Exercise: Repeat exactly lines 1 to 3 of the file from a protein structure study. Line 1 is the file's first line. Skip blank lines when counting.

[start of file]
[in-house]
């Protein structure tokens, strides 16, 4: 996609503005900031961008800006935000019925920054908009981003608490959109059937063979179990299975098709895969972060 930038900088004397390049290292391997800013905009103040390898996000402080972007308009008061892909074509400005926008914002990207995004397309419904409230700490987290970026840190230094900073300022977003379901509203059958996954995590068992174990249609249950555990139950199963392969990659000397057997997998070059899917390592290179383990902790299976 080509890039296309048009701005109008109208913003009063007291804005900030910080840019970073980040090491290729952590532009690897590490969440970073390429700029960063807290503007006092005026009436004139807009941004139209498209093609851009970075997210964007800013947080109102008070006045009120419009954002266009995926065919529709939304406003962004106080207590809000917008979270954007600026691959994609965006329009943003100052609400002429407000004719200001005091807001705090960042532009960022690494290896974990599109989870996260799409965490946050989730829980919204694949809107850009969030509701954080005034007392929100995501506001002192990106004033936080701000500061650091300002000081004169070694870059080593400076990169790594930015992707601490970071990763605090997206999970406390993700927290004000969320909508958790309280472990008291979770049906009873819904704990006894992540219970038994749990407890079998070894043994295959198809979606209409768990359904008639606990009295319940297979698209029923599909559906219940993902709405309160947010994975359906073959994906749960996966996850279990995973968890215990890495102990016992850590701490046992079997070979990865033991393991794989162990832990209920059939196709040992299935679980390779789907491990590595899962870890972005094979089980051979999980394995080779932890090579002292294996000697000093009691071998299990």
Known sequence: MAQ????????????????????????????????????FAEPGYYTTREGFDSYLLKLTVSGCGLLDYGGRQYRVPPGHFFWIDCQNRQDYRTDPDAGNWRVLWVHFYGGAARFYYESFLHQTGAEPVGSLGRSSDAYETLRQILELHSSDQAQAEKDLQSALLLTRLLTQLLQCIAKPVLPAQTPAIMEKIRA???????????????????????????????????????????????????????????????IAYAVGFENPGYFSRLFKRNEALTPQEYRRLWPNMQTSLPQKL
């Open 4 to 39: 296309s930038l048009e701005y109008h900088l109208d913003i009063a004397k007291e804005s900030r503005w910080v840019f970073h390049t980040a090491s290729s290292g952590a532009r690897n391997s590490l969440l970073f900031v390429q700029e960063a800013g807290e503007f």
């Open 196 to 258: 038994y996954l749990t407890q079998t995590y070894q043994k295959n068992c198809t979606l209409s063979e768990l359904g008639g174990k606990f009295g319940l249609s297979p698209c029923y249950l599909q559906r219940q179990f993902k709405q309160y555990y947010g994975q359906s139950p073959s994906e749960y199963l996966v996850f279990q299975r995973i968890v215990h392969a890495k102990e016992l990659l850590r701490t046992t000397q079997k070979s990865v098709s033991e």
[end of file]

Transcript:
[in-house]
């Protein structure tokens, strides 16, 4: 996609503005900031961008800006935000019925920054908009981003608490959109059937063979179990299975098709895969972060 930038900088004397390049290292391997800013905009103040390898996000402080972007308009008061892909074509400005926008914002990207995004397309419904409230700490987290970026840190230094900073300022977003379901509203059958996954995590068992174990249609249950555990139950199963392969990659000397057997997998070059899917390592290179383990902790299976 080509890039296309048009701005109008109208913003009063007291804005900030910080840019970073980040090491290729952590532009690897590490969440970073390429700029960063807290503007006092005026009436004139807009941004139209498209093609851009970075997210964007800013947080109102008070006045009120419009954002266009995926065919529709939304406003962004106080207590809000917008979270954007600026691959994609965006329009943003100052609400002429407000004719200001005091807001705090960042532009960022690494290896974990599109989870996260799409965490946050989730829980919204694949809107850009969030509701954080005034007392929100995501506001002192990106004033936080701000500061650091300002000081004169070694870059080593400076990169790594930015992707601490970071990763605090997206999970406390993700927290004000969320909508958790309280472990008291979770049906009873819904704990006894992540219970038994749990407890079998070894043994295959198809979606209409768990359904008639606990009295319940297979698209029923599909559906219940993902709405309160947010994975359906073959994906749960996966996850279990995973968890215990890495102990016992850590701490046992079997070979990865033991393991794989162990832990209920059939196709040992299935679980390779789907491990590595899962870890972005094979089980051979999980394995080779932890090579002292294996000697000093009691071998299990």
Known sequence: MAQ????????????????????????????????????FAEPGYYTTREGFDSYLLKLTVSGCGLLDYGGRQYRVPPGHFFWIDCQNRQDYRTDPDAGNWRVLWVHFYGGAARFYYESFLHQTGAEPVGSLGRSSDAYETLRQILELHSSDQAQAEKDLQSALLLTRLLTQLLQCIAKPVLPAQTPAIMEKIRA???????????????????????????????????????????????????????????????IAYAVGFENPGYFSRLFKRNEALTPQEYRRLWPNMQTSLPQKL